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Java Remote Method Invocation (RMI) technology run over Internet Inter-ORB Protocol (IIOP) extends Common Object Request Broker Architecture (CORBA) services and distributed computing capabilities to the Java 2 environment.

RMI over IIOP Dissected

RMI is the Java standard for distributed computing. In simpler terms, RMI enables networked applications to obtain a reference to an object that resides elsewhere in the network, and to invoke methods on that object as though it resides on the local virtual machine.

CORBA, which is defined by the OMG (Object Management Group), is a well-known distributed-object programming model that supports a number of languages such as C++ and Smalltalk.

IIOP is a communication protocol that works well over heterogeneous networks via the Internet. Because IIOP is a TCP/IP-based proxy, CORBA is one of the many architectures that use it as a communication protocol. The IIOP protocol connects CORBA products from different vendors, ensuring interoperability among them.

RMI-IIOP is essentially a marriage of RMI and CORBA. By extending RMI to work over IIOP, the possibilities become endless. In a homogeneous, Java-to-Java environment, RMI-IIOP opens the communication to use the standardized IIOP protocol. But the greatest benefit that can be leveraged from the marriage is that it allows for easier application and platform integration between the components written in C, Smalltalk, and Java components. The components interact using the Interface Definition Language (IDL). Using RMI over IIOP, objects can be passed both by reference and by value over IIOP.


The WebLogic Server 8.1 RMI-IIOP implementation has the following features:

  • IIOP-enabled communication in a homogeneous Java-to-Java environment— RMI clients can use the IIOP protocol to invoke objects running in WebLogic Server. The release of Java 1.3 JDK facilitates this capability.

  • CORBA integration— CORBA/IDL clients written in C++ or Smalltalk can be seamlessly integrated into the services in WebLogic. The Object By Value specification from the Object Management Group defines an enabling technology for exporting the Java object model into the CORBA/IDL programming model. This facilitated the exchange of complex data types between the two models. WebLogic Server can support Object By Value with any CORBA ORB that correctly implements the specification.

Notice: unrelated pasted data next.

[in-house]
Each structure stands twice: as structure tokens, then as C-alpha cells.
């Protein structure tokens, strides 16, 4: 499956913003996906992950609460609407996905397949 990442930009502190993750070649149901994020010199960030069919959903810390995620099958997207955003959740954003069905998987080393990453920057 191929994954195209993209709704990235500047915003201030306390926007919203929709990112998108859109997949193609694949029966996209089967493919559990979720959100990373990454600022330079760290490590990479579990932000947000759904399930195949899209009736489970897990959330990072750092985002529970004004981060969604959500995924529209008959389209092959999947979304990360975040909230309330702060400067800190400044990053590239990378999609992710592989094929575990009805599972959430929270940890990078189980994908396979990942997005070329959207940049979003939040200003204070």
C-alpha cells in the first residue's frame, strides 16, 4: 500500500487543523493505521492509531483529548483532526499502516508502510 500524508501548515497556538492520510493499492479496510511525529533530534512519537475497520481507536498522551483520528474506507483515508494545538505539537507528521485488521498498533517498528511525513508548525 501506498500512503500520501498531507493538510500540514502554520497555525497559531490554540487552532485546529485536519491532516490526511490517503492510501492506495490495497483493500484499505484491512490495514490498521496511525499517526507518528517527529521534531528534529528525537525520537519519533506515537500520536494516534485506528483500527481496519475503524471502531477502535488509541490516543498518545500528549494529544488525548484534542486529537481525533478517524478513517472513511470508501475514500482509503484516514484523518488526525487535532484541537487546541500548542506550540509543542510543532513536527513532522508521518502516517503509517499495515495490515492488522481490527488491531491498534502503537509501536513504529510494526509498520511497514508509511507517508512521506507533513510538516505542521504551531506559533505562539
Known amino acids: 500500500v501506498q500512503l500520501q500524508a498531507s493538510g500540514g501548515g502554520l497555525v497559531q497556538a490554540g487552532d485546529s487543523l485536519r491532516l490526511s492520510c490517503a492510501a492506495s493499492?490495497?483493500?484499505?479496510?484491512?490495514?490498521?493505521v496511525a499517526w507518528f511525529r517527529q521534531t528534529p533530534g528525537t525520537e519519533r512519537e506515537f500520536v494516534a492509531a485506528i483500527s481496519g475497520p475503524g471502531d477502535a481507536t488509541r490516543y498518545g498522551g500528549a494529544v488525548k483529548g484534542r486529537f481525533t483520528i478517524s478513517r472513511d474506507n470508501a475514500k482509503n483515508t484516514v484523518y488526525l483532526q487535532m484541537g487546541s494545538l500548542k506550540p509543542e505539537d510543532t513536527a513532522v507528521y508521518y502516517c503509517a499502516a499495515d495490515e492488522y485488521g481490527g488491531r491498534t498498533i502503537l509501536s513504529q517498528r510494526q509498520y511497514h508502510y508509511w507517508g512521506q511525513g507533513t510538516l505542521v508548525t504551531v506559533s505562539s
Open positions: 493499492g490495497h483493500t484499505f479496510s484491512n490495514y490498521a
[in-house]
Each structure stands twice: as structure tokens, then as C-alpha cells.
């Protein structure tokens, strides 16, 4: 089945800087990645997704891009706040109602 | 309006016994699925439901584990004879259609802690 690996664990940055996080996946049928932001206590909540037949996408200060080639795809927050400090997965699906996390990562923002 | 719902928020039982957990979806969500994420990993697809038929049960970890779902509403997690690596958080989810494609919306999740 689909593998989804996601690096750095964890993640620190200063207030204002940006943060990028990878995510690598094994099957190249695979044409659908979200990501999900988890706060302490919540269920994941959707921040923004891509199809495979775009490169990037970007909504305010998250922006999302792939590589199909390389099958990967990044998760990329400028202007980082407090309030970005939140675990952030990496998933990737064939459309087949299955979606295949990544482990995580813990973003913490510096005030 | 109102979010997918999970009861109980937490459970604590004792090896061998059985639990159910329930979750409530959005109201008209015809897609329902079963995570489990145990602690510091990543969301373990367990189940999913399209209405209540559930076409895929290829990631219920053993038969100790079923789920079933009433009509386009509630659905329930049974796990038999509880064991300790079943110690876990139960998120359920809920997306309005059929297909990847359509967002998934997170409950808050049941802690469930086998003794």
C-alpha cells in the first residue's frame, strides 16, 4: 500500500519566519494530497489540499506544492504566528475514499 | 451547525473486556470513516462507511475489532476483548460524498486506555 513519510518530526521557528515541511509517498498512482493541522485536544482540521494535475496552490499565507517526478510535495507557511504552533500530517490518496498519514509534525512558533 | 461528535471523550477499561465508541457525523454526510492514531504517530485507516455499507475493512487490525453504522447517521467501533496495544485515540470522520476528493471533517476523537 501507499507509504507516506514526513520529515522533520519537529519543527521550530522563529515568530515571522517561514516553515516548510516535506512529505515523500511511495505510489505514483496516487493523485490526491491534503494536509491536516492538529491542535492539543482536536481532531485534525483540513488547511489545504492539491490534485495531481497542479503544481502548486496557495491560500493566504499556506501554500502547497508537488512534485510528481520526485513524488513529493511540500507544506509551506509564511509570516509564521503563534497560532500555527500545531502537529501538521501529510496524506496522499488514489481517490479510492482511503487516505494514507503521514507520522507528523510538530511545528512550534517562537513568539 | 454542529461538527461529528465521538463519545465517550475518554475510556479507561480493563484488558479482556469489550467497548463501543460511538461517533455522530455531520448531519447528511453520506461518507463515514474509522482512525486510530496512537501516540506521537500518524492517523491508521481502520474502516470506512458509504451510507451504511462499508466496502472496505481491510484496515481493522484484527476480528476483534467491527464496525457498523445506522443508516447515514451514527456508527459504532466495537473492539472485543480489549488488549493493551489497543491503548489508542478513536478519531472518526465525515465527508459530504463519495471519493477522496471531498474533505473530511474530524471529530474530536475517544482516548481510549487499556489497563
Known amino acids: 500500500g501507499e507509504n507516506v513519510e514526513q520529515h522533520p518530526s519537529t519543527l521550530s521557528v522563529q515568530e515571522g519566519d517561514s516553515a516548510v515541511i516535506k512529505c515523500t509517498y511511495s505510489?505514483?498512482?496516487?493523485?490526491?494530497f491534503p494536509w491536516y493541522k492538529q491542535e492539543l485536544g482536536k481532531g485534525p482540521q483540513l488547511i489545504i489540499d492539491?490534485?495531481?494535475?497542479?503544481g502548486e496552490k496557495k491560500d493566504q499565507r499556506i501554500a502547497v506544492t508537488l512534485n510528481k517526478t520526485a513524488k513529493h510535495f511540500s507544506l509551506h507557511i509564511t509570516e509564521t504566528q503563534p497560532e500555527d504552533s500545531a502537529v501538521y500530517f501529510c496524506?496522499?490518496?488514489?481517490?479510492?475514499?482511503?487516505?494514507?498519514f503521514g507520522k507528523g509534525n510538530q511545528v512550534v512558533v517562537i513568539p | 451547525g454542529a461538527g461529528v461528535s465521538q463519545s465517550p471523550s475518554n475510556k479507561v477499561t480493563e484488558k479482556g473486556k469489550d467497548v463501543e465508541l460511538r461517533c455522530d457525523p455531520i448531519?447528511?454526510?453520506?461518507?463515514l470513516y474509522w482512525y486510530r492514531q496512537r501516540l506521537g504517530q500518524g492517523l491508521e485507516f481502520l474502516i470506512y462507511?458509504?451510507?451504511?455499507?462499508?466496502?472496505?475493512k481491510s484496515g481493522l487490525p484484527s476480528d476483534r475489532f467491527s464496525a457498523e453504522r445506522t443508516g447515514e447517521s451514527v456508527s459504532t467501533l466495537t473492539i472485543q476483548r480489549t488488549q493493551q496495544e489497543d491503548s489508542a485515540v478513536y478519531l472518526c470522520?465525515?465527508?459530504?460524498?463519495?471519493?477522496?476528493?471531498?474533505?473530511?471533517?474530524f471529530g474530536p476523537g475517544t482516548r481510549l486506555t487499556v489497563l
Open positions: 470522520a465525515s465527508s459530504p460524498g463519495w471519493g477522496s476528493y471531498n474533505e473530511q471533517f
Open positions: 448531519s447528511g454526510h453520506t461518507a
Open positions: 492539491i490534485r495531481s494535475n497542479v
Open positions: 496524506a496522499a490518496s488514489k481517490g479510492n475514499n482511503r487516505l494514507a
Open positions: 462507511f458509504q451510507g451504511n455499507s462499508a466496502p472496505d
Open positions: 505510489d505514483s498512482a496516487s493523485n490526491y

• Heterogeneous clients can be connected to WebLogic Server EJBs.

  • Object Transaction Services 1.2 (OTS 1.2) support, which enables transactions in RMI-IIOP.

  • Hot code generation for iiop stubs.

  • A WebLogic IIOP client is fully clusterable.

  • CSIv2 (Common Secure Interoperability, version 2) provides security features such as client authentication, delegation, and privilege functionality.

  • Full support for the COS-Naming API.

  • Bi-directional interoperability between WebLogic Server and Tuxedo clients— This integration is described in detail in the earlier section on the WebLogic Tuxedo Connector.

Figure 34.10 indicates how WebLogic Server acts as a client and as a server for other ORB/RMI clients.

Figure 34.10. WebLogic—CORBA integration.


With WebLogic RMI over IIOP, remote interfaces can be written in the Java programming language and implemented using Java technology and the Java RMI APIs. Those interfaces can be implemented in any other language that's supported by an OMG mapping and a vendor-supplied ORB for that language. Additionally, clients can be written in other languages using the IDL derived from the remote Java technology–based interfaces.

Programming Models: IDL Versus RMI

RMI/IIOP can be used with IDL clients and RMI clients. Both models share the following characteristics:

  • Interoperable environment between heterogeneous systems

  • Use of ORB and IIOP as the transport protocol for distributed applications

The client program can use only one of the interfaces. That is, it can use either IDL or RMI, but not both.

RMI/IIOP with RMI Java Clients

This programming model combines the power of RMI with the underlying transport mechanism as IIOP. Pure WebLogic RMI clients that use t3 as the communication protocol need to distribute the WebLogic classes to the client layers. IIOP is an industry standard; this aids in easier migration as compared to t3, which is a proprietary standard of BEA.